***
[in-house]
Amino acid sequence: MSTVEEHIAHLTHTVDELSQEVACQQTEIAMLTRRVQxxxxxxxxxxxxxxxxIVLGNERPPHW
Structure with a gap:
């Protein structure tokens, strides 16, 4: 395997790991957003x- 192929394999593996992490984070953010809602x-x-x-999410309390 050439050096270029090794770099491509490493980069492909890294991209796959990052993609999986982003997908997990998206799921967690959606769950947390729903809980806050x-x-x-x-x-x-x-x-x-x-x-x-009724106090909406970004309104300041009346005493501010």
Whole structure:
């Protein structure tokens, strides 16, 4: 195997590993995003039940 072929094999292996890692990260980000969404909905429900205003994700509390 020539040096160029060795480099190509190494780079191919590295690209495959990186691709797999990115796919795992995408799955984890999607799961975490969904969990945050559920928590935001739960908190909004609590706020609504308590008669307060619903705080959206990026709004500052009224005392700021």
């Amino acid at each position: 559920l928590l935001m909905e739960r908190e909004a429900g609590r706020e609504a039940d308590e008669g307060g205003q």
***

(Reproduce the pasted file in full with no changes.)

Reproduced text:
[in-house]
Amino acid sequence: MSTVEEHIAHLTHTVDELSQEVACQQTEIAMLTRRVQxxxxxxxxxxxxxxxxIVLGNERPPHW
Structure with a gap:
């Protein structure tokens, strides 16, 4: 395997790991957003x- 192929394999593996992490984070953010809602x-x-x-999410309390 050439050096270029090794770099491509490493980069492909890294991209796959990052993609999986982003997908997990998206799921967690959606769950947390729903809980806050x-x-x-x-x-x-x-x-x-x-x-x-009724106090909406970004309104300041009346005493501010």
Whole structure:
């Protein structure tokens, strides 16, 4: 195997590993995003039940 072929094999292996890692990260980000969404909905429900205003994700509390 020539040096160029060795480099190509190494780079191919590295690209495959990186691709797999990115796919795992995408799955984890999607799961975490969904969990945050559920928590935001739960908190909004609590706020609504308590008669307060619903705080959206990026709004500052009224005392700021």
């Amino acid at each position: 559920l928590l935001m909905e739960r908190e909004a429900g609590r706020e609504a039940d308590e008669g307060g205003q």